BIPA suit brought against Home Depot for loss prevention biometrics
Home Depot is the latest company to be hit by a potential class action suit for alleged unlawful biometrics use under Illinois’ BIPA, but this suit differs from most others in that it is brought by shoppers who claim the retail chain’s security cameras collected their biometric data without following the required procedures, ClassAction.org reports.
Most BIPA suits are related not just to employee time and attendance systems, but specifically to violations of the informed consent statutes of BIPA with such systems.
The suit against Home Depot was filed in Georgia, and alleges the retailer’s security system collects biometric ‘faceprints’ from customers on each visit, enabling the company to track them as they move through the store.
“Defendants begin tracking customers as soon as they enter Home Depot stores,” according to the complaint. “Home Depot’s security cameras and its checkout cameras operate on a connected system, with facial-recognition technology running on the footage obtained. As the customer walks through the store and makes their way toward checkout, the facial recognition software tracks their every movement, through and beyond their purchase.”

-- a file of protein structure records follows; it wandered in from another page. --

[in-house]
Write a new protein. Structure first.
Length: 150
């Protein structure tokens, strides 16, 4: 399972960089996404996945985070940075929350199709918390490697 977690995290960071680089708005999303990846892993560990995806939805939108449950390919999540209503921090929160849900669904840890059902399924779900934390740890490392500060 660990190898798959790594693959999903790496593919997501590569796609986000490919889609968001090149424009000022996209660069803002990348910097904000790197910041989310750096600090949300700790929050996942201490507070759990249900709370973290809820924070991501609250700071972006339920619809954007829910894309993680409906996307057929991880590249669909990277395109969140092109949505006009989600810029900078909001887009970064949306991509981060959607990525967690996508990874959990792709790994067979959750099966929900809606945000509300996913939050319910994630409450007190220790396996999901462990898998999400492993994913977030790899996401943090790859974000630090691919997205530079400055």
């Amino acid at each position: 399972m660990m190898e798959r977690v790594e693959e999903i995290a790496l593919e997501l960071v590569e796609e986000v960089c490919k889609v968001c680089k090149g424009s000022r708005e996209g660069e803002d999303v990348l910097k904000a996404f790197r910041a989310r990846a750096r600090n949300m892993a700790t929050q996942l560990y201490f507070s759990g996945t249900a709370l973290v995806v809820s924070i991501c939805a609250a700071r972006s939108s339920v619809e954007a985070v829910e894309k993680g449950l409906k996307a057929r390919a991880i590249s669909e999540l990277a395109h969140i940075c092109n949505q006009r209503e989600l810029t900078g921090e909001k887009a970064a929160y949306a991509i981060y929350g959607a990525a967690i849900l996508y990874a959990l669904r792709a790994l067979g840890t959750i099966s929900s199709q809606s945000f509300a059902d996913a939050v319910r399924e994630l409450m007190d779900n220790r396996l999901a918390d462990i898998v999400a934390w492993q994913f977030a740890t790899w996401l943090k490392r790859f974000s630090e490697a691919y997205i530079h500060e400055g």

The lawsuit alleges facial recognition is used as part of a loss prevention system at all 76 Home Depot locations in the Prairie State. Plaintiffs allege that Home Depot did not inform them of their biometric data being collected or processed, did not obtain consent to do so, and did not post a retention schedule for the data.
For these alleged infractions, the plaintiffs are seeking damages of up to $5,000 per store visit.